Date of Award


Level of Access Assigned by Author

Campus-Only Thesis

Degree Name

Master of Science (MS)


Marine Biology


Richard Wahle

Second Committee Member

Yong Chen

Third Committee Member

Larry Jacobson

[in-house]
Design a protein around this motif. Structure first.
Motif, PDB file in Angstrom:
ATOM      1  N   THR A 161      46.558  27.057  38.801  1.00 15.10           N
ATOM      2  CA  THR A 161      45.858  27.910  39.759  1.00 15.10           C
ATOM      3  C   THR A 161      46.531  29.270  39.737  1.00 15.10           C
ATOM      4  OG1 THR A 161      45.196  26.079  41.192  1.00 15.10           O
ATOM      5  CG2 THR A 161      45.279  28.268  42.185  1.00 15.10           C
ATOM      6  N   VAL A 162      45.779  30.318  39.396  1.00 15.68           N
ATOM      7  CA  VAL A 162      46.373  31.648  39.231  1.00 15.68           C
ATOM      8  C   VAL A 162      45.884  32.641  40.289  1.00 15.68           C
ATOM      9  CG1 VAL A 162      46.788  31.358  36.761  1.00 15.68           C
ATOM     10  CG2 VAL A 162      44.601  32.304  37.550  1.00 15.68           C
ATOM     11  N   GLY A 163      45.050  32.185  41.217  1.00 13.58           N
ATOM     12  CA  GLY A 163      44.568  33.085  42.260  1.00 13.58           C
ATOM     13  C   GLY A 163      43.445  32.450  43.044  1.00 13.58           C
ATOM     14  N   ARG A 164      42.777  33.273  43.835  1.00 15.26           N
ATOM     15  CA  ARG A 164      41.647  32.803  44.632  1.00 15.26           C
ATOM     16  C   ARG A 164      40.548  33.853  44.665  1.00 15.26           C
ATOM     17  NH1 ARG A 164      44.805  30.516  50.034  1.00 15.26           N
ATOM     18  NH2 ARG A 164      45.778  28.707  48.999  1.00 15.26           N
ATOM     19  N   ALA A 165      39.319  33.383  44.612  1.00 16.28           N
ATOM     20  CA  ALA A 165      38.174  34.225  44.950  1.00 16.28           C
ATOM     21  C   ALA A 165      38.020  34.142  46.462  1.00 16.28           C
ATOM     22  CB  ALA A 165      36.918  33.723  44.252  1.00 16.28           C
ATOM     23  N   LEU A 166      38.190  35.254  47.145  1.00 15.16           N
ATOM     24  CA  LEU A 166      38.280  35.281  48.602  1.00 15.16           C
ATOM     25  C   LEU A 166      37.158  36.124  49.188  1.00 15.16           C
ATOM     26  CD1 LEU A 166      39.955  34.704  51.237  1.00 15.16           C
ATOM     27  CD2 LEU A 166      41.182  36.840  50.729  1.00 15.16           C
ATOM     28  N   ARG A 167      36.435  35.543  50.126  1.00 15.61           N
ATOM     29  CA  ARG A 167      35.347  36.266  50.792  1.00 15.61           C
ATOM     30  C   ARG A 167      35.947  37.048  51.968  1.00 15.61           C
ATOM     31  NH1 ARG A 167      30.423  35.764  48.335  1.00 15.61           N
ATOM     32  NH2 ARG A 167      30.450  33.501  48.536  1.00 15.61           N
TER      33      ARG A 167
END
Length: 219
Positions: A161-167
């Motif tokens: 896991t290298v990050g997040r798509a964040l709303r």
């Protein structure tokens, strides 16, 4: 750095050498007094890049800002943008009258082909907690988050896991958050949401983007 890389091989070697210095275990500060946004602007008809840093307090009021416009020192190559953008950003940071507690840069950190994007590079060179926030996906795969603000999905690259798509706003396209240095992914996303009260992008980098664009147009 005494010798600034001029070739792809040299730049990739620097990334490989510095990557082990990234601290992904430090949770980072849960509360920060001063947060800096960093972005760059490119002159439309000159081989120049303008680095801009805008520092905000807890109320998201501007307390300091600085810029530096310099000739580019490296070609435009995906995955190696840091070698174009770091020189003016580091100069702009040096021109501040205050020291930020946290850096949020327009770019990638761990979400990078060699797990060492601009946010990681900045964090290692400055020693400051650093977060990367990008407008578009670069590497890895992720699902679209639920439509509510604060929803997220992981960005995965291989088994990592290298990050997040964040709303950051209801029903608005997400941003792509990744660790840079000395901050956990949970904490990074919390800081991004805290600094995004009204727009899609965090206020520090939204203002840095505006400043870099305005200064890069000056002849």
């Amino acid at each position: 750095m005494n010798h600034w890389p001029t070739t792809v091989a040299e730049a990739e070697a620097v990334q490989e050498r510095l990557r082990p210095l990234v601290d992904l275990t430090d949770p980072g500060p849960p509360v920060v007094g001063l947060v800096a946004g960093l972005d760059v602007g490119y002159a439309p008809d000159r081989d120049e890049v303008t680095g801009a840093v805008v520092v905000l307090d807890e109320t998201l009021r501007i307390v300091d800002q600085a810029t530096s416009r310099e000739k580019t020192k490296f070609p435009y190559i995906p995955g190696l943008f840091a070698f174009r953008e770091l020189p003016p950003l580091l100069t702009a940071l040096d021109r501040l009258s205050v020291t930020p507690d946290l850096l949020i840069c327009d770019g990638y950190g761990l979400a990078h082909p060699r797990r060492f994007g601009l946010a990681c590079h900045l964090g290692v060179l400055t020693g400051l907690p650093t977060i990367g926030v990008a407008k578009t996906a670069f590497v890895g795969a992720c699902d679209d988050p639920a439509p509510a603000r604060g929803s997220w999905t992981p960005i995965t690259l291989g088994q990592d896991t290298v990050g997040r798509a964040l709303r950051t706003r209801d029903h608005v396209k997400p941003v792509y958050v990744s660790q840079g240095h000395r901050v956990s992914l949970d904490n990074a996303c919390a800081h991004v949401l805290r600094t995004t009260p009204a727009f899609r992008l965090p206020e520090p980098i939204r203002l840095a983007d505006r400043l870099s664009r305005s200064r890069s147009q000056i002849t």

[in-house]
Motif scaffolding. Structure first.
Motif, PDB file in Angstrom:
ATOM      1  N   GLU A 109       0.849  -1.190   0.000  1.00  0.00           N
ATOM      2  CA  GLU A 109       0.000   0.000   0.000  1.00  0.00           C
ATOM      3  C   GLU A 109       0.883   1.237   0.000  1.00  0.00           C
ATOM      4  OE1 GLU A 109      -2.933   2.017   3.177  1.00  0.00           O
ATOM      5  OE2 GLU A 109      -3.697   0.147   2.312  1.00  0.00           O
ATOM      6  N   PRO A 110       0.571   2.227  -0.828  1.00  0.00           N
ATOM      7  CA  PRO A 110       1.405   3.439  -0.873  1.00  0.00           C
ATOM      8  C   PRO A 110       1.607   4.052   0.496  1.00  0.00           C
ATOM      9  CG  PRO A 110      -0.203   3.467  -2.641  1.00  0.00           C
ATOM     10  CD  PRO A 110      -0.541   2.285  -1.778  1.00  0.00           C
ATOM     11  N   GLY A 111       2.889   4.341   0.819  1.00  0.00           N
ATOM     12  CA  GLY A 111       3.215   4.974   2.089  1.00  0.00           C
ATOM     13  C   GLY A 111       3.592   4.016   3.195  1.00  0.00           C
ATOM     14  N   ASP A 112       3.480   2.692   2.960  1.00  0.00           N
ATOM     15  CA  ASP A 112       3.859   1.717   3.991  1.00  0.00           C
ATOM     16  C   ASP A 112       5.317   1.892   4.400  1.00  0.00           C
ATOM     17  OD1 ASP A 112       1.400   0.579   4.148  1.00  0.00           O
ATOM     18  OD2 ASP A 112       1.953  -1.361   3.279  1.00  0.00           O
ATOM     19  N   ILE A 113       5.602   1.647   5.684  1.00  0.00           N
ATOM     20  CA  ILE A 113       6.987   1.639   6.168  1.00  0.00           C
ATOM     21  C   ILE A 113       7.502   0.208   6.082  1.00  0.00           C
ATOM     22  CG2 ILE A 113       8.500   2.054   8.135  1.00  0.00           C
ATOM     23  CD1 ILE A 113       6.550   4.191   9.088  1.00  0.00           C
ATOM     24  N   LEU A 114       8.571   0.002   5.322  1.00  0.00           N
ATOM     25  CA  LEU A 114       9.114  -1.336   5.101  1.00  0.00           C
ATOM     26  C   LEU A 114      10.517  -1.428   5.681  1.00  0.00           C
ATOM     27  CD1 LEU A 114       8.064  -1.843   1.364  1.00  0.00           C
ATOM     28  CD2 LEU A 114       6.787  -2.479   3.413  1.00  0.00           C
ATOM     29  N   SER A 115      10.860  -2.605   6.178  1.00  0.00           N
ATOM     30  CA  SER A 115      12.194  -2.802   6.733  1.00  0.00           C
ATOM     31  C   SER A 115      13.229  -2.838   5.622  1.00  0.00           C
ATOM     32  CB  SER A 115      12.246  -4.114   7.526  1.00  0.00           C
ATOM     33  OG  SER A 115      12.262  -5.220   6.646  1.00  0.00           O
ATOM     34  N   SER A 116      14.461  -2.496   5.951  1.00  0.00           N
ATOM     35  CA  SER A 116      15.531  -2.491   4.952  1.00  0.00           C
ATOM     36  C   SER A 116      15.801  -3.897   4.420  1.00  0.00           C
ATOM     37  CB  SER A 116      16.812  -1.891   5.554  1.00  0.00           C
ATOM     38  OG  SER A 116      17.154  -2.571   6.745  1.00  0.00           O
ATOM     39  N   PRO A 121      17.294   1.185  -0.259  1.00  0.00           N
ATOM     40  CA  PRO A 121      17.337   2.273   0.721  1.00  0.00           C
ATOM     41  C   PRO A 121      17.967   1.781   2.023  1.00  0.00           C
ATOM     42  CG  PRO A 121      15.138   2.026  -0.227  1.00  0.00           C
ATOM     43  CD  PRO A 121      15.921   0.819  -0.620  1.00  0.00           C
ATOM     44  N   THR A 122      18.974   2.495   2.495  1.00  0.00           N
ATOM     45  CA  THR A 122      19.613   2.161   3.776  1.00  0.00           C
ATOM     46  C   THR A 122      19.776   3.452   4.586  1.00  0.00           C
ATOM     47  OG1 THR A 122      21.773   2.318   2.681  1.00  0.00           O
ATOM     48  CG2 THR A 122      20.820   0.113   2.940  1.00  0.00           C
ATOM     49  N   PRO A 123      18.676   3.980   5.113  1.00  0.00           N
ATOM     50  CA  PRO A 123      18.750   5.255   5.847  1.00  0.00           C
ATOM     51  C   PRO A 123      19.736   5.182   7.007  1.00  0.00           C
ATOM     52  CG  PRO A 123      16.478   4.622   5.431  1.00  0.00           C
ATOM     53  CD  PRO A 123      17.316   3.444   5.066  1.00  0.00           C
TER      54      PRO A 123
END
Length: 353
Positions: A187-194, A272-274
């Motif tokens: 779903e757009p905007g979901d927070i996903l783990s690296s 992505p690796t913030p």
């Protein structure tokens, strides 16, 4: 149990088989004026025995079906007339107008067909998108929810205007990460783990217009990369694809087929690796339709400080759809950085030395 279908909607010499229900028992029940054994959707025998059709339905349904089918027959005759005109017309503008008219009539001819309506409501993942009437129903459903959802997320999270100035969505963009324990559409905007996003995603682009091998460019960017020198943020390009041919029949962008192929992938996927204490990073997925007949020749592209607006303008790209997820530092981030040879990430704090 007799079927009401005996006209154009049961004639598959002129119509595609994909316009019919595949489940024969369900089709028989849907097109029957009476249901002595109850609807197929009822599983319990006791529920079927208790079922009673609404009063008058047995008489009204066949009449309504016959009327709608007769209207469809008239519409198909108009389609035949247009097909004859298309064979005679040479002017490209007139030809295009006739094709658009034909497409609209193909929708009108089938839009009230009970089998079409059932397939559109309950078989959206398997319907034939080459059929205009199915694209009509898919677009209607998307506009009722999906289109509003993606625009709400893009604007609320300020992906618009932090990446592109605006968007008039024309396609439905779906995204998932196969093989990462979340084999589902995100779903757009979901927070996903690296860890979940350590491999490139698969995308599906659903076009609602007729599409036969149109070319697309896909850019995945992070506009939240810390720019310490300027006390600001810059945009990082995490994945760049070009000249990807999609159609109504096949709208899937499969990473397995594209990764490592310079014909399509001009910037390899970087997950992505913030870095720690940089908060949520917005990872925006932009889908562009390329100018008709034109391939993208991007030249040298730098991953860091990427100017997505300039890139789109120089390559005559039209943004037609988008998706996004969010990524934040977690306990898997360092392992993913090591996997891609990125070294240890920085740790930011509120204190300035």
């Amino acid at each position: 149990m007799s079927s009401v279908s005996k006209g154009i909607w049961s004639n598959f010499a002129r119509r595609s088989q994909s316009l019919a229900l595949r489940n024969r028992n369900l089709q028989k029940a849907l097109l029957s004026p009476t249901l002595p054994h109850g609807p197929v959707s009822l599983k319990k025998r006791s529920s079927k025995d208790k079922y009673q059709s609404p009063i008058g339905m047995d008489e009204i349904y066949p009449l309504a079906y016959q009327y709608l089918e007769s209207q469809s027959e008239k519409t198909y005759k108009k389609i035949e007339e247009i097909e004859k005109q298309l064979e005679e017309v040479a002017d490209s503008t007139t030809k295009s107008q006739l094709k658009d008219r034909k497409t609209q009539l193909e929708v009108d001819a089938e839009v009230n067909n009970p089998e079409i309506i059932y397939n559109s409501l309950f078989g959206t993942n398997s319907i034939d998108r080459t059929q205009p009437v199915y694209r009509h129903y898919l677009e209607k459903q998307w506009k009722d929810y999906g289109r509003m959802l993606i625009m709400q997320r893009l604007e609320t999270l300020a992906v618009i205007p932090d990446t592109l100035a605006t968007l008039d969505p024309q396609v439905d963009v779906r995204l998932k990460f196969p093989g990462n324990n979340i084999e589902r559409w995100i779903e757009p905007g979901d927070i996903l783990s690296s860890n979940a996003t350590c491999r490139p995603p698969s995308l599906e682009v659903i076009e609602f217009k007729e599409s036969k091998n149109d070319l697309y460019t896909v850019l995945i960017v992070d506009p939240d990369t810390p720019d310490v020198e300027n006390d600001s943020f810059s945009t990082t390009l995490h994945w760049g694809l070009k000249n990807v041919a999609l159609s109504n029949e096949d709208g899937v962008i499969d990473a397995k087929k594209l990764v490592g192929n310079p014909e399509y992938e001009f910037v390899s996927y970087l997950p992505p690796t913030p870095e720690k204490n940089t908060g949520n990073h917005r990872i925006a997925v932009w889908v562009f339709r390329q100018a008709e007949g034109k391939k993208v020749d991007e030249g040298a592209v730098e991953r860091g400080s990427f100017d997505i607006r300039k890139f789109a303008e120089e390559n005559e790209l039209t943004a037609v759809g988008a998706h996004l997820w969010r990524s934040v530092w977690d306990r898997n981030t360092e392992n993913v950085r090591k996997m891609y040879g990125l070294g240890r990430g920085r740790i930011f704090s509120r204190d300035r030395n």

The deep sea red crab fishery is a small sustainable fishery located in the continental slope waters of the northwestern Atlantic. This study investigates how fishing efforts affect reproductive activities by removing large reproductively competent males. The research design called for the characterization of all individuals from a random subset of traps during the summer of 2010, including its shell characteristics, sex, size, evidence of mating, and presence and color of eggs. This information was used to infer the impact of fishing pressure on reproductive effort. Three hypotheses were tested using Pearson Chi- squared contingency tables. The creation of a logistic regression model also was used to predict the probability of females having eggs by using fishing area, female size, scarring (an indicator of mating), and fishing effort. Results showed that significant differences existed between areas of lower and higher fishing efforts. These included significant differences in the number of large males, sex ratios, female size, and females with eggs. This study suggests that selective harvesting of large males may adversely affect reproduction and the long term sustainability of the fishery.